Rebuilding a dream

With the exception of a few panels on the center wing, every piece of sheet metal came off the airplane. After the entire plane came apart the tedious work began. Every piece of sheet metal, every rib, stringer, and skin was cleaned and inspected. Those that were serviceable were cleaned, treated, and primed. Those that weren't had to be repaired or replaced. Since spare parts for DC-3s are not readily available, the team had to fabricate numerous parts. That is where the expertise of the Delta mechanics, both current and retired, came into play.

The wings were a big project in and of themselves. Once the wings were removed from the center sections, cradles were manufactured to support them during the disassembly, they were de-skinned one side at a time. All of the interior structure was repaired or replaced as needed, treated, primed, and new skin was installed. It shows how committed Delta was to a pristine restoration. Gerken explained, "Nobody ever opened up a DC-3 set of wings and re-skinned them. If there was corrosion they'd open up a section, put a scab patch on, and fly. So we had to sit down and decide we wanted to go into them because we wanted them to be new again."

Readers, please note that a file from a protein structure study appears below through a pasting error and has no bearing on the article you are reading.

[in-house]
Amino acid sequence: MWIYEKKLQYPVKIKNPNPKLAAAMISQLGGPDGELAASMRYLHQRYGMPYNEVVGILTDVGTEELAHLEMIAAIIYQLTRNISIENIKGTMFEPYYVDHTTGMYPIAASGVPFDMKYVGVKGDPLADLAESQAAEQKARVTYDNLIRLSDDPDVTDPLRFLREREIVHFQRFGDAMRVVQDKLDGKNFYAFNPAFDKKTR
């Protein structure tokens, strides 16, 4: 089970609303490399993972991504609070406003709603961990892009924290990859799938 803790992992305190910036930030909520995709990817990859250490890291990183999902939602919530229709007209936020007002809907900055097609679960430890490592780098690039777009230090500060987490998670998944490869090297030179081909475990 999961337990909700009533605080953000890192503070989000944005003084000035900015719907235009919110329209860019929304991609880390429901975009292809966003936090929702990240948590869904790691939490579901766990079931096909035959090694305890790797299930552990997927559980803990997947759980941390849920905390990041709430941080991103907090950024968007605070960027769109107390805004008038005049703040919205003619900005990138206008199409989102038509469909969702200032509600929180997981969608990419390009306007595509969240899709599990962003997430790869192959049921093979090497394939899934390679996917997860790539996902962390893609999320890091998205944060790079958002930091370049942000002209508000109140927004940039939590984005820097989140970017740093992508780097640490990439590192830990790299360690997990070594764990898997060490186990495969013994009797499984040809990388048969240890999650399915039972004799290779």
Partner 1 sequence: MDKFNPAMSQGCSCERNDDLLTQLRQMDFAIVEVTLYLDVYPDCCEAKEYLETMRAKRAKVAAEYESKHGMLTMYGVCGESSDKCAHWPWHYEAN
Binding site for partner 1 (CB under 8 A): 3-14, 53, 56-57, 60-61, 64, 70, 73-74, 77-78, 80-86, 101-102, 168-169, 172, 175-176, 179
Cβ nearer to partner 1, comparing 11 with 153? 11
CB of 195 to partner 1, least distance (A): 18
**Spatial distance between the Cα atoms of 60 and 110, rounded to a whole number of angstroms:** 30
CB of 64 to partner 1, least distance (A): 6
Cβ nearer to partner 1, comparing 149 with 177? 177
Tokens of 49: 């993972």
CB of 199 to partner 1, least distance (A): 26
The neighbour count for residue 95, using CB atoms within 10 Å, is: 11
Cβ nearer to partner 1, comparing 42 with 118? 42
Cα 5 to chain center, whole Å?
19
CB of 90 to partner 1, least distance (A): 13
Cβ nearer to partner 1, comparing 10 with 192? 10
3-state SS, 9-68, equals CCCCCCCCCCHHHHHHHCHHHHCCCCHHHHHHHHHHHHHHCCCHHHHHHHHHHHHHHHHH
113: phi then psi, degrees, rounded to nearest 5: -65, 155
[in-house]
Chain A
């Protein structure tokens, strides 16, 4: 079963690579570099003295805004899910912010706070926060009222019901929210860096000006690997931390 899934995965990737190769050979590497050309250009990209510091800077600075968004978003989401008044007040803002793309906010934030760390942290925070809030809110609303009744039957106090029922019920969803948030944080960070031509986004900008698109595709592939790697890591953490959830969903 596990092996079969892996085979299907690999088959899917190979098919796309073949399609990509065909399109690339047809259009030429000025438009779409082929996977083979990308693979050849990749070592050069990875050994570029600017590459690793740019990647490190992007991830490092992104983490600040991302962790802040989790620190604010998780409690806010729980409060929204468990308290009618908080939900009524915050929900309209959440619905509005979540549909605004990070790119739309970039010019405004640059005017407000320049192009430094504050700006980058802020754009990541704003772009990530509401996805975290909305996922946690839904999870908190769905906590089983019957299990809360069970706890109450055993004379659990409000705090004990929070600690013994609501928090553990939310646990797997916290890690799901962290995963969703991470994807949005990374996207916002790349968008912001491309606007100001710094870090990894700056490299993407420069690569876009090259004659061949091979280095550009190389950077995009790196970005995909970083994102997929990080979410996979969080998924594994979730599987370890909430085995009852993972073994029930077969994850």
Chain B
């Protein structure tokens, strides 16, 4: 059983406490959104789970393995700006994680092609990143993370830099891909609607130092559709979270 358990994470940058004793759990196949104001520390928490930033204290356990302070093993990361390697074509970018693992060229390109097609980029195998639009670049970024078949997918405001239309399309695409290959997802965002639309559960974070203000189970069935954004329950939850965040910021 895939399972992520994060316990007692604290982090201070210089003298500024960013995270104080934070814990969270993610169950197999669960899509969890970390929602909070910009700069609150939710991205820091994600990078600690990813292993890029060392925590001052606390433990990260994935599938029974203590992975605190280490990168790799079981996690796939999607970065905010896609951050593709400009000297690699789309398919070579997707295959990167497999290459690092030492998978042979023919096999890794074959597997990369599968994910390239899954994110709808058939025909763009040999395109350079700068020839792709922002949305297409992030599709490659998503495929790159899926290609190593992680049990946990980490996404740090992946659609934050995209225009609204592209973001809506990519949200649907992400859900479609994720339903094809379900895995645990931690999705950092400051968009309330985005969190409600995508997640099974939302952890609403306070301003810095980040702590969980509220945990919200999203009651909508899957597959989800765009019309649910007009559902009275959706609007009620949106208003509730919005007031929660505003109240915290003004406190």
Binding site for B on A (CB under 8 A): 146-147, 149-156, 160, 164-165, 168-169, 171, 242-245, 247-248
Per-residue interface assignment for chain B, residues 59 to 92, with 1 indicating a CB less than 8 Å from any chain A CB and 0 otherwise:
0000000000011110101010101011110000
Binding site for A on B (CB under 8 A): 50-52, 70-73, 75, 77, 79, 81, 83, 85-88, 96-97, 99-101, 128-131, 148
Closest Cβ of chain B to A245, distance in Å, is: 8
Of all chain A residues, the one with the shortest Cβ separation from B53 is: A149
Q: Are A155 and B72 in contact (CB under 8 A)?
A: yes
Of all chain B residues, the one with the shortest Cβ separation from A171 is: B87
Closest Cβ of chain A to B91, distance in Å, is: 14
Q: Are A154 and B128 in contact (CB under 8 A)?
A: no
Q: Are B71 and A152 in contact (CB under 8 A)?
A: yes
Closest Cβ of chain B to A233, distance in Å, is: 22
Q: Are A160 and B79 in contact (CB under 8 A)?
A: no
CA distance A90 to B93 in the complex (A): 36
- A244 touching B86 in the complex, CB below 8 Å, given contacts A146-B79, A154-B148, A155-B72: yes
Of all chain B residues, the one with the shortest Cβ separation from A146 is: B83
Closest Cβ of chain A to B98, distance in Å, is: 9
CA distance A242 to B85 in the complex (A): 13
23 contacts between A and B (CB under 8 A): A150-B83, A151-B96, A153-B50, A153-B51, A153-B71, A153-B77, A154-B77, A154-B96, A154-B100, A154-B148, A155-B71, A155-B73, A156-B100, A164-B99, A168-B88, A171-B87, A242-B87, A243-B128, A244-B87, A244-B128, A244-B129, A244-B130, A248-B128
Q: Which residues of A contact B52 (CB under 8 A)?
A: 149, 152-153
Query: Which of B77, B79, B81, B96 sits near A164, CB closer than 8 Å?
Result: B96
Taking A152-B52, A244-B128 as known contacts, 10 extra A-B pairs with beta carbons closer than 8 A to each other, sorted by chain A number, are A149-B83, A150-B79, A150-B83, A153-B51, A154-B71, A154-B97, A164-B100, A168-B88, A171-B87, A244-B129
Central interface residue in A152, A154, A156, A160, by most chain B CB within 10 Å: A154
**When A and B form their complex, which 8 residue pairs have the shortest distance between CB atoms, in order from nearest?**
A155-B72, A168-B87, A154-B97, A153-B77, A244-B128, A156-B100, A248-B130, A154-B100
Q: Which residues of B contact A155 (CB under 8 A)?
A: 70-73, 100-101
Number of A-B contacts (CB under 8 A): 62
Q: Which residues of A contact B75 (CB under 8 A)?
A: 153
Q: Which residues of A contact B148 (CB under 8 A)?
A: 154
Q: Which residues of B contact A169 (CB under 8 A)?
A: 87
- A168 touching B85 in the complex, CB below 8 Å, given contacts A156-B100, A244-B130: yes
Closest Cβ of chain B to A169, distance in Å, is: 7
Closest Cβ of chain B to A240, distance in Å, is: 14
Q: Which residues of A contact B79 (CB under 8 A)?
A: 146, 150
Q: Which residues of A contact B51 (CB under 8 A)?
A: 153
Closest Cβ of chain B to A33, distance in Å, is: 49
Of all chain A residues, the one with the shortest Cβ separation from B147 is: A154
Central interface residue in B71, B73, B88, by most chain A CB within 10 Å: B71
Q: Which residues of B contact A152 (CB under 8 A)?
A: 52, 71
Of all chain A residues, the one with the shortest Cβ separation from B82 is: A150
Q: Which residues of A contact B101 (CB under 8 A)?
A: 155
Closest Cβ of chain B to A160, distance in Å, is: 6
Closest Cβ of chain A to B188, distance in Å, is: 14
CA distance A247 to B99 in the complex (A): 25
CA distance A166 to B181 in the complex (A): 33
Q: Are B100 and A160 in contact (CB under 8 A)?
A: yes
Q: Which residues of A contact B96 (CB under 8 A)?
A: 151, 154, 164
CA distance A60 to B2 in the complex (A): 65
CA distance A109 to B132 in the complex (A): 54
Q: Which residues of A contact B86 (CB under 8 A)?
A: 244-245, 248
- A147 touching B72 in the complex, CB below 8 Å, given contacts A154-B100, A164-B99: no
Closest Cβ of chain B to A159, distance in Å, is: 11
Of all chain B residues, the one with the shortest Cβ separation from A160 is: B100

That is pretty much the story of the whole airplane. They did things that nobody will ever know about or see, but they know, and they built it so it would be as good as new.

The fuselage skin was replaced one section at a time working from the front aft in order to keep the structure from torquing. The wings were a little different. Unlike the fuselage, they couldn't work one panel at a time. The whole skin had to be removed from one side of the wing and replaced. The leading edges, 12-foot sections with tapering dimensions, had to be fabricated from scratch. They couldn't be back-drilled on the aircraft. So once the leading edges were removed, templates were manufactured to fit over them. They then back drilled using the old leading edge as a guide. The new leading edge was then rolled and back drilled using the template. This was the only way to perform the task.

Corrosion was a big issue in this restoration project. Due to the airplane's age and the environment where it had been operated, corrosion was present throughout the aircraft structure. The typical hot spots like in the bilges and under the lavatory were especially eaten up.

AMT veterans